This Easter, Become Conversant With the World’s Largest, Most Diverse Religion

This article originally appeared in our local paper, “The Manchester Journal.”

Easter is here again, and with it comes global celebrations of Jesus’s resurrection. It may be shocking to find out that Christianity is the world’s largest, most diverse religion today. But it should be equally shocking to imagine that probably the majority of residents in our well-educated town have never read one of the four Gospels that lays out what Christianity believes, including the resurrection of Jesus. A 2017 Lifeway survey found that over half of Americans have read none or little of the Bible.

In her book Confronting Christianity: 12 Hard Questions For the World’s Largest Religion, New Englander Rebecca McLaughlin explains the global diversity present in Christianity today: “But, ironically, our habit of equating Christianity with Western culture is itself an act of Western bias…if you care about diversity, don’t dismiss Christianity: it is the most diverse, multiethnic, and multicultural movement in all of history.” (45) She goes on to explain that around the globe, the people most likely to be Christians are women of color. Projections by sociologists don’t see this changing anytime soon. McLaughlin elucidates: “…by 2060, the latest projections suggest, Christianity will still be the largest global belief system, having increased slightly, from 31 percent to 32 percent of the world’s population.” (12)

But what is the basis of what so many Christians from so many backgrounds around the world believe? Citizens of today’s world should be conversant with a faith that pervades so much of society. The Bible calls the basis of what Christians believe “the gospel,” while “The Gospels” are the four foundation documents of the New Testament: Matthew, Mark, Luke, and John. The term “gospel” can be translated “good news.”

The good news about Jesus is that he died on the cross to atone for the sins of all who will believe in him. He suffered and died publicly on the cross as the punishment for the sins of all who believe in him, so they will never have to pay for those sins themselves. The Gospel of John famously makes this good news clear: “For God so loved the world, that he gave his only Son, that whoever believes in him should not perish but have eternal life.” (John 3:16) 

The Bible teaches that our sin separates us from God, but that Jesus is the bridge that brings us back to God. We can have forgiveness of sins today, and forever in heaven with God precisely because Jesus died, but also rose again. As the resurrected Jesus himself proclaims: “I died, and behold I am alive forevermore, and I have the keys of Death and Hades.” (Revelation 1:18) Jesus literally claims to have the key that can close the door to death for you, and give you eternal life.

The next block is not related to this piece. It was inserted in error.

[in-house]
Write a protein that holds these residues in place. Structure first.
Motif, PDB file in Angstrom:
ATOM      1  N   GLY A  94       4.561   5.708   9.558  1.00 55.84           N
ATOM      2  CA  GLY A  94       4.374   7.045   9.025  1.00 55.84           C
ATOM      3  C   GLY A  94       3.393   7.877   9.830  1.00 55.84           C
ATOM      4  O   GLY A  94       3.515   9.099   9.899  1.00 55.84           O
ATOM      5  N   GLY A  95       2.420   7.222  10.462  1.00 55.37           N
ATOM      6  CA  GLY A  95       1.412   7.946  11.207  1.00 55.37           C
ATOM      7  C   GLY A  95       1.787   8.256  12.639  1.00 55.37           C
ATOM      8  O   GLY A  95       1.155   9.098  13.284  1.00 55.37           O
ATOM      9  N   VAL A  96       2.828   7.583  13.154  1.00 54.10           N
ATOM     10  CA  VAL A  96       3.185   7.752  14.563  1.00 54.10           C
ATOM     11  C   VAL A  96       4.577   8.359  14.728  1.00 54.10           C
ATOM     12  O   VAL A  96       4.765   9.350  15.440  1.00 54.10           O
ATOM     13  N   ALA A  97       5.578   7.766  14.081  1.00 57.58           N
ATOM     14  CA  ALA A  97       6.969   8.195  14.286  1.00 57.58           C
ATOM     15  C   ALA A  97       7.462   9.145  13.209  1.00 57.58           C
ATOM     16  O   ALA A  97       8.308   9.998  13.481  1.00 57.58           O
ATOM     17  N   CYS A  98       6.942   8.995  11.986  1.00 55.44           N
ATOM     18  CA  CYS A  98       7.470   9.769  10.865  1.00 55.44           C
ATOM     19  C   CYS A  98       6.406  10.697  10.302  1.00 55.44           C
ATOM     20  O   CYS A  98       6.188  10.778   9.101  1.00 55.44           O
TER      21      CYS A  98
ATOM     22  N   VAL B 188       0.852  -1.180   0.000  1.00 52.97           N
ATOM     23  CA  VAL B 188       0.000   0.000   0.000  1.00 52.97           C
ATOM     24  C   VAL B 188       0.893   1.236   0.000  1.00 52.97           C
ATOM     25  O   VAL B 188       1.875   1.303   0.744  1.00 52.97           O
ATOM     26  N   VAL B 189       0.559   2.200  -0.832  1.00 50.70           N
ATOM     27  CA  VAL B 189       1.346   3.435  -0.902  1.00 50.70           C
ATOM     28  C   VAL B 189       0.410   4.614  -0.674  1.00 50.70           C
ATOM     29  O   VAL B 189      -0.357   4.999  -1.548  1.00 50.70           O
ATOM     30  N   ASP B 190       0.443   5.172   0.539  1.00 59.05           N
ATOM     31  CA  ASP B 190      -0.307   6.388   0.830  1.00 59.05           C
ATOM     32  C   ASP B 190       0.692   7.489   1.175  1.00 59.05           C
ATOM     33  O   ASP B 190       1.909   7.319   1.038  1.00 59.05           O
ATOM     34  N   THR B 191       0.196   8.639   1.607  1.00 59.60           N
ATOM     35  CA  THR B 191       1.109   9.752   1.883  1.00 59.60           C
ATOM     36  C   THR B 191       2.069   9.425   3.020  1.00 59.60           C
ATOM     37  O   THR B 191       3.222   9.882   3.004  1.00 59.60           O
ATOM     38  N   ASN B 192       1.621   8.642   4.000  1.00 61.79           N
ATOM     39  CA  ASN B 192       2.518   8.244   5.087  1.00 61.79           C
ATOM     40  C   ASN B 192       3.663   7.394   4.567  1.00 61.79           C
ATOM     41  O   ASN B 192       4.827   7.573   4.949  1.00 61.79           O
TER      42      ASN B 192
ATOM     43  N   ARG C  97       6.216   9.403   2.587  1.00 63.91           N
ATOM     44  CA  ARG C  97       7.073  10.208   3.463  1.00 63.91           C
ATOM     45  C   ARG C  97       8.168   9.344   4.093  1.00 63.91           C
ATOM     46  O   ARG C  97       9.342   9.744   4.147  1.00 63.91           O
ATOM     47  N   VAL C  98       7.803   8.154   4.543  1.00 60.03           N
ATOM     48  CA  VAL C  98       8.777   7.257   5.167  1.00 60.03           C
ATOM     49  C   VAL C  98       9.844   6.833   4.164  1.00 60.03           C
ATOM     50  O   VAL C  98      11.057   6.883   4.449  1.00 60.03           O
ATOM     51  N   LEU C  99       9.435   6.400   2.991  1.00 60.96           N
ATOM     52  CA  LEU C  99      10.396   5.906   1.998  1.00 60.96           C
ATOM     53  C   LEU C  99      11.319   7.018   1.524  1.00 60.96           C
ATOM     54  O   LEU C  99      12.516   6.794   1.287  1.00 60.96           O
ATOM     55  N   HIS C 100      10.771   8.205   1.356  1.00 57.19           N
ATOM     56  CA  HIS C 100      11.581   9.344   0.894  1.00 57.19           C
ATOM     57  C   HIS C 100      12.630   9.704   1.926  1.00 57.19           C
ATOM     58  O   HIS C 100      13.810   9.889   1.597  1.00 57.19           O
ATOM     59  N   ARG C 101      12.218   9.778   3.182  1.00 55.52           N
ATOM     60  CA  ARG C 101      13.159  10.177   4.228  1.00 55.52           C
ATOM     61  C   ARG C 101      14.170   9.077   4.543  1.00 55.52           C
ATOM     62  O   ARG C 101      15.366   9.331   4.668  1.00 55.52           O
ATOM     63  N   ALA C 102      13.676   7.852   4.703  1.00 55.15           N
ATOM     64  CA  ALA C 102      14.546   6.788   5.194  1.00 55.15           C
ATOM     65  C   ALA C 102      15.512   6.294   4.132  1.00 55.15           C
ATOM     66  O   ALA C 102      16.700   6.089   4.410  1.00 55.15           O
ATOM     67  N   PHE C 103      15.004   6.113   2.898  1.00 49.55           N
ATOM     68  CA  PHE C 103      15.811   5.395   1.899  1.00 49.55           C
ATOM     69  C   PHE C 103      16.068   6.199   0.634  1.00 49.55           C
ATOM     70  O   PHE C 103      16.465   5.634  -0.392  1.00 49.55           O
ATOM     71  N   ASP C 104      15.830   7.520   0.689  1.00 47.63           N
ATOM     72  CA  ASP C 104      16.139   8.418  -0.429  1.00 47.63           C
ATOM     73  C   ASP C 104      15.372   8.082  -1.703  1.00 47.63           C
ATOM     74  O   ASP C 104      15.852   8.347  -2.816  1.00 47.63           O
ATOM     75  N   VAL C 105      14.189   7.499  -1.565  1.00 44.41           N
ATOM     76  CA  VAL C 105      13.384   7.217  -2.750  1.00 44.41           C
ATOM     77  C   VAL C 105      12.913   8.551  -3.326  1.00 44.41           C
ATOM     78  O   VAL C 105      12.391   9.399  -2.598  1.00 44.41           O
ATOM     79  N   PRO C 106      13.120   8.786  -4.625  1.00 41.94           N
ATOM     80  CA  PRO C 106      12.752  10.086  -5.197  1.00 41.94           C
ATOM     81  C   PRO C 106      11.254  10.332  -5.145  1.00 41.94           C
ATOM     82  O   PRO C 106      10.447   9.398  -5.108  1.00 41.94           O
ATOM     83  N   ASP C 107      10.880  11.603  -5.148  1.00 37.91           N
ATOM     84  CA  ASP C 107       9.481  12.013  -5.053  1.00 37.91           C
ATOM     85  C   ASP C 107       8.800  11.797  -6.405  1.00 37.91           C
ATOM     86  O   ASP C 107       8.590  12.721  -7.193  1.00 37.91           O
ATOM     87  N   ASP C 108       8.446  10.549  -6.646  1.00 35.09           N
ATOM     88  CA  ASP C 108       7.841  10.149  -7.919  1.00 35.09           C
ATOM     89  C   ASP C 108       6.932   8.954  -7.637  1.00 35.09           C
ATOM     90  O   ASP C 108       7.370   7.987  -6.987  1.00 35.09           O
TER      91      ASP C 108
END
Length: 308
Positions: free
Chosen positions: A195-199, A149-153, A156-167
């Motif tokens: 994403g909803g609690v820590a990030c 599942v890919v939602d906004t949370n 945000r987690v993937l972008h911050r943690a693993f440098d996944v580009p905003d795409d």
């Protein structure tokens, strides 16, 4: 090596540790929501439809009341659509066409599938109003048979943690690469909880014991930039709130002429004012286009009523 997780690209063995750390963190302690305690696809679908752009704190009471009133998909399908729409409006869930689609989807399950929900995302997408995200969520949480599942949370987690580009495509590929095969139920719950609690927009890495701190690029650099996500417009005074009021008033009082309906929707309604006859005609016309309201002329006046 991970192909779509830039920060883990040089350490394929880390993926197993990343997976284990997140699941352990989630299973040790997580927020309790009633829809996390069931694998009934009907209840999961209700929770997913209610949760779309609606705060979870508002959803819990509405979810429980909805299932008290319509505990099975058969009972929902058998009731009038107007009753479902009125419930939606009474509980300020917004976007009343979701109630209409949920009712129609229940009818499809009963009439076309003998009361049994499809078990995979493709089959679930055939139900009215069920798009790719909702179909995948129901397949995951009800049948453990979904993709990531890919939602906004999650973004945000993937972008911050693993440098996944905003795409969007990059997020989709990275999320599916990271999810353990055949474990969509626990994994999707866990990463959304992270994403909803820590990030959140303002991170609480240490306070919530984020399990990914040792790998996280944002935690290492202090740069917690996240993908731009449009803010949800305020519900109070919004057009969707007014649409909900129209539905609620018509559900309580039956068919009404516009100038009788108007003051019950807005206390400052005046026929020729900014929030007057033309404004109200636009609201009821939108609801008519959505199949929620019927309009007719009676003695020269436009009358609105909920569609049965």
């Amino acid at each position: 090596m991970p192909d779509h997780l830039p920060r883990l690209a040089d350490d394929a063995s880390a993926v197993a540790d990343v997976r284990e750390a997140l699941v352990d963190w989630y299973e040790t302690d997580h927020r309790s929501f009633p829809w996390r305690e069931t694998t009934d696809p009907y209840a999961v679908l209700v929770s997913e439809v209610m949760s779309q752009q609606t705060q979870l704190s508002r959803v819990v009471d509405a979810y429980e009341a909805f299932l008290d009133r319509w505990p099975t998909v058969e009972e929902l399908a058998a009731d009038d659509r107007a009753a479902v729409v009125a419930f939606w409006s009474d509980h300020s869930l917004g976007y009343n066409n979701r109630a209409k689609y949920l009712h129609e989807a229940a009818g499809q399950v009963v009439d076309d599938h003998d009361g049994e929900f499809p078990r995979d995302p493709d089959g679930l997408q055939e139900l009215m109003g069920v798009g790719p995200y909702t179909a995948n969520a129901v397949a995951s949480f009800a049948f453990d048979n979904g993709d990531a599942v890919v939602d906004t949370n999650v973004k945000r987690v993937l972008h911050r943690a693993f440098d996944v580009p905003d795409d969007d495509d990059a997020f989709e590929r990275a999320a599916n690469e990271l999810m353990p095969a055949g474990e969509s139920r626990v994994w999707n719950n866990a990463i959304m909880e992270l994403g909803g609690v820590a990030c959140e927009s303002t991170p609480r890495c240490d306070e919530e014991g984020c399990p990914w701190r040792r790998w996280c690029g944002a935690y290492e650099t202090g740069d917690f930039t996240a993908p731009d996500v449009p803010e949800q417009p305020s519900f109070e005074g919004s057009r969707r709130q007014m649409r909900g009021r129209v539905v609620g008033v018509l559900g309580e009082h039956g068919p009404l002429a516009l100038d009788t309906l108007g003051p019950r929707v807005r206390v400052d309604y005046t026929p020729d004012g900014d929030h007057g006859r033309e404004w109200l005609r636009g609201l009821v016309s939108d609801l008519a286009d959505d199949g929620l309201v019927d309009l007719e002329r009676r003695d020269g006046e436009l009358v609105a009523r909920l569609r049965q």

This is why Christians celebrate Easter. We believe that Jesus didn’t stay dead. The story of Easter is that Jesus rose from the dead again. Those who believe that this really happened call themselves Christians. In identifying that their lives are united with Christ and in calling him “Lord,” they are identifying themselves with him in his death and resurrection.

No one really finds this easy to believe. His disciple, Thomas, who had been with him for three years, did not believe when the other disciples said they had met Jesus who was alive again. When Jesus appeared to Thomas and challenged him to put his fingers in the nail marks, and his hand in his pierced side, Thomas fell down at Jesus’s feet and confessed, “My Lord and my God!” (John 20:28) Christians around the world, Christians of all ethnic backgrounds, Christians in our own community, are people who have said to Jesus after they have believed that he is their savior, risen from the dead: “My Lord and my God!”

So, what do you know about Christianity? Have you ever read one of the four Gospels that lays out the foundation of the world’s largest, most diverse religion? I challenge you this Easter to become conversant with Christianity by reading the Gospel of John. But beware. Within its pages, you will hear Jesus say this: “You search the Scriptures because you think that in them you have eternal life; and it is they that bear witness about me, yet you refuse to come to me that you may have life.” (John 5:39-40) Jesus is not content for us to simply come to learn about him. He also wants us to know him today. As Christians around the world will be celebrating this Easter, he didn’t stay in that tomb. He is alive today. That is not only worth celebrating, it means that all that he said is true.

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